This sad and pathetic falsehood which has been embraced by too many black leaders and voters has rendered too many black politicians irrelevant, ineffective and prone to a culture of corruption.

  • Typical DC BS

    @tony: Great comment!

  • DontSleeponDude

    @tony--i agree!

  • @ShawingtonTimes

    Is there still time for others to write community impact statements for this case?

    The damaging affect on the over all morale of the city; the damaging affect that this has had on black families, and others, trying to raise children to do the right thing; the message Brown's actions send to those (majority African Americans) already sucked into the criminal justice vortex that even those from exemplary priviledged black families can't get ahead without engaging in selfish crimes; the tarnishing the otherwise honorable institution of public service; deceiving voters; failing to address the urgent needs of the most needy all across the city while this selfish self centered man used his at large public office primarily for his own greed; and the negative affect this certainly has when we argue for #DCStatehood and those officials (mainly Republicans) and staff always point to corruption of the DC govt (they used to just name Marion Barry, now they have the Brownies, Graham, Gray, Harry Thomas Jr,) — are all issues that the judge should take into consideration before sentencing.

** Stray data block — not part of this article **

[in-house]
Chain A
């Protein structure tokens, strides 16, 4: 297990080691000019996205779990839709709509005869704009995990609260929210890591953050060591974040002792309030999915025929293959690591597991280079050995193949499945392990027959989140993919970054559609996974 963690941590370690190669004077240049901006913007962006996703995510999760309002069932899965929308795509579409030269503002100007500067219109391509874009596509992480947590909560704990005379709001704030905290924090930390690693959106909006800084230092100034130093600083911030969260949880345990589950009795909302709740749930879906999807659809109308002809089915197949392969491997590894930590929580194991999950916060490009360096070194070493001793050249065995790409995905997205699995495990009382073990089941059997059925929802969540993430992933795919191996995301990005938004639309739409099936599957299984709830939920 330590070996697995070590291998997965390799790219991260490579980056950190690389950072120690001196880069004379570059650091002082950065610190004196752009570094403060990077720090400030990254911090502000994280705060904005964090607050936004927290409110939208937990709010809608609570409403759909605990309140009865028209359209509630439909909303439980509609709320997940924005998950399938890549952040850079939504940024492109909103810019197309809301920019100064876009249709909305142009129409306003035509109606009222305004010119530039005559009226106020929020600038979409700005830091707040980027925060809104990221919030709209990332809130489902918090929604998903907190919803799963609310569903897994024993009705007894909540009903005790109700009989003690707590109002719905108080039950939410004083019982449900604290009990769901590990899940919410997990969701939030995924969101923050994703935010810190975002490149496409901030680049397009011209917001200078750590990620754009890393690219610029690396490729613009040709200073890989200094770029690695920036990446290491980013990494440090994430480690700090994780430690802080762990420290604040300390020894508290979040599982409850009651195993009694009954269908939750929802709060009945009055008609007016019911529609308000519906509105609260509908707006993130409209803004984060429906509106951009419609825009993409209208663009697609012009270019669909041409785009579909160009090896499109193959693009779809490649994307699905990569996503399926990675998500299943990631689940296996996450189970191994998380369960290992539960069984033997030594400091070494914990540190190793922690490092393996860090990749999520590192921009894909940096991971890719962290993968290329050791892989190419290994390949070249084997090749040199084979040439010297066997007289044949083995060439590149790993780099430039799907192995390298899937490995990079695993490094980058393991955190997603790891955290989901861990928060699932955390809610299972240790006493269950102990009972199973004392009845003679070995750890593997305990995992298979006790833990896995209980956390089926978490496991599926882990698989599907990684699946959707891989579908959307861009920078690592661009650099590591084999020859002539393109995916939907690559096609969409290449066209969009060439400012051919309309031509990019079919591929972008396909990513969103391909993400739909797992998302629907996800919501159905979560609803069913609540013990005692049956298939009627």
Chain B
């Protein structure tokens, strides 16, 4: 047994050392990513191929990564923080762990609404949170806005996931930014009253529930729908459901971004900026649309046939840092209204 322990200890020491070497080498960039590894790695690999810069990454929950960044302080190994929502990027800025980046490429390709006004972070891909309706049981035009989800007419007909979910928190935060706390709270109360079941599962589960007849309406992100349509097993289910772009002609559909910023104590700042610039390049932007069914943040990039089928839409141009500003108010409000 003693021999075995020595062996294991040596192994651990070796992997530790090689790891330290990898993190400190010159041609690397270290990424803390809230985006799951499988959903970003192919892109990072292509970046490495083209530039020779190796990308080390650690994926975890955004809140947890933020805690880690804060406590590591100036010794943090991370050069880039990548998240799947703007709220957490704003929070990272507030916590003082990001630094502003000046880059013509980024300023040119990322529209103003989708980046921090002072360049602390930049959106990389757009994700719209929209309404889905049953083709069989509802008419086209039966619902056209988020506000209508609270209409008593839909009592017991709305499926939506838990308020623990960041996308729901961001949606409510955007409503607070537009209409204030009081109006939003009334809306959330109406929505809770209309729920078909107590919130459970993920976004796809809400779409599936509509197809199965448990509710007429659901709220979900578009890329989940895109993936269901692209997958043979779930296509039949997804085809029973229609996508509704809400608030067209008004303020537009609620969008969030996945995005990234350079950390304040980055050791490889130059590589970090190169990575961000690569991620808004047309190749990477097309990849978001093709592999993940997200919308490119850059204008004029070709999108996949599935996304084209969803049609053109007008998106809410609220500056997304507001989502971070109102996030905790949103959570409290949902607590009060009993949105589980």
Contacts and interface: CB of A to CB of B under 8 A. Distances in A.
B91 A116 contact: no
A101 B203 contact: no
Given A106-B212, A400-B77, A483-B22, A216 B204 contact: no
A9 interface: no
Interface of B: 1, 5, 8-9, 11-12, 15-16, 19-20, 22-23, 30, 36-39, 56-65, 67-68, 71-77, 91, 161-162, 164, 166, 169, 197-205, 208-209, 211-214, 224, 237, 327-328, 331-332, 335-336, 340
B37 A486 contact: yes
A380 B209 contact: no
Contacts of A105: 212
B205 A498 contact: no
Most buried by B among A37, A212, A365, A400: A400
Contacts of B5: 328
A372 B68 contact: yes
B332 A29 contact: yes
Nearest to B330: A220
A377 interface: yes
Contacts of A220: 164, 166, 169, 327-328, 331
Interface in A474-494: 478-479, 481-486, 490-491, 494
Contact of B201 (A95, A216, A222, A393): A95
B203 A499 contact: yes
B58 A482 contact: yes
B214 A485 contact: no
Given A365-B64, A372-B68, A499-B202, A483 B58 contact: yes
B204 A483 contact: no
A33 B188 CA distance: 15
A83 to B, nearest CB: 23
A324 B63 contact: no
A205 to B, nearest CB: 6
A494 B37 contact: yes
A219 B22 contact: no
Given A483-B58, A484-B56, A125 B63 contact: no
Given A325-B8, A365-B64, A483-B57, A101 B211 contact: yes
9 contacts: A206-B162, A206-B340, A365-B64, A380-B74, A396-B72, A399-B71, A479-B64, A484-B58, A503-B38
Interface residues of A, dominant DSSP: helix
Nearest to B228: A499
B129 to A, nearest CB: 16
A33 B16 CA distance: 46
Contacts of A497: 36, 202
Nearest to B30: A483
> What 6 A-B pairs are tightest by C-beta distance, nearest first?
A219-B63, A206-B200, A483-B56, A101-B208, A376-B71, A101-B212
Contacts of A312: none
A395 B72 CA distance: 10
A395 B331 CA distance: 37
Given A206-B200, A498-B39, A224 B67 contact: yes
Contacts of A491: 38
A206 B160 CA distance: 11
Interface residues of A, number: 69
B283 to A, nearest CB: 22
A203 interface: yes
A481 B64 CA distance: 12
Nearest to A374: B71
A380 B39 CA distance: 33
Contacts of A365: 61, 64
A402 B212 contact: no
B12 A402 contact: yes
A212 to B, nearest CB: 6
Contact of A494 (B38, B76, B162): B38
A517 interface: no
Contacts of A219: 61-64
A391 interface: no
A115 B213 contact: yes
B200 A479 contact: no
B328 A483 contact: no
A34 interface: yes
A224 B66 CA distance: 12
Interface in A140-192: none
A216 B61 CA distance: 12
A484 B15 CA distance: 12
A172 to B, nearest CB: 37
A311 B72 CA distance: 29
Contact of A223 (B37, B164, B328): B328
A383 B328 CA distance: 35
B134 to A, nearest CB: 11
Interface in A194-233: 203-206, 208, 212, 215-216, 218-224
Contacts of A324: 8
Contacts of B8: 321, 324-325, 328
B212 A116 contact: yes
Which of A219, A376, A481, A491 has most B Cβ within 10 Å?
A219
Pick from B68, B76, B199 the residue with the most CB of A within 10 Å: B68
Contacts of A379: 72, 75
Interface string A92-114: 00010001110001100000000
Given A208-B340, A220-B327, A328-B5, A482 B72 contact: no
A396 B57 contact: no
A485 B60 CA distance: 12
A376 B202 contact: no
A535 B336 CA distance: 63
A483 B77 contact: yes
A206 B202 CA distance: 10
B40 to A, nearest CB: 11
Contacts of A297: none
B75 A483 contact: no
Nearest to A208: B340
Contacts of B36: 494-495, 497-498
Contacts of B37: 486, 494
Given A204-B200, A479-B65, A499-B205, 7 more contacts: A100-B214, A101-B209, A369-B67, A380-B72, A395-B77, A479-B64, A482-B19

• LeeinDC


    I agree about the bottom line of concern for others but would take a slightly different view.

    The majority of these local fallen pols (see Marvin's post) are short on personal achievement and impressive degrees. That to me is the big warning sign. The want to jump into a cushy job that pays 100k+ but they could never get that based on their achievements to date. Thus they see the political job as a path to financial independence which leads to corruption. To me they are distinctly different than the Curt Schmokes (Rhodes Scholar) Barack Obamas (Columbia, Yale) and Duval Patricks (Harvard,Harvard, Business Exec)of the world.

    Now all that education and world success does not net you the ability to meet all you constituents needs, but it seems to lessen the need to be seen in shiny pinstriped suits and expensive Audis

  • Selena

    Ward 2 Councilman Jack Evans is white and he could clearly care less about anyone but people like himself, people with money, and those lackeys who suck up to him; and he has a lot of white support.

    Simple minded people, and the press, always want to make DeeCee issues all about race.

    Chief Lanier only had a GED when she entered MPD, then she got a degree from UDC, and since then graduate degrees from Johns Hopkins. She's not perfect, but like other officials, she's earned the support, respects and confidence of many black residents, and others, because she clearly does care.

    Corporate money is also involved in deceiving voters. Kenyan McDuffie seems to care.


    One thing that must be said...he did help the people of DC. If you came to his office you did receive help and he gave people a chance.

  • ricky

    dude was clearly delusional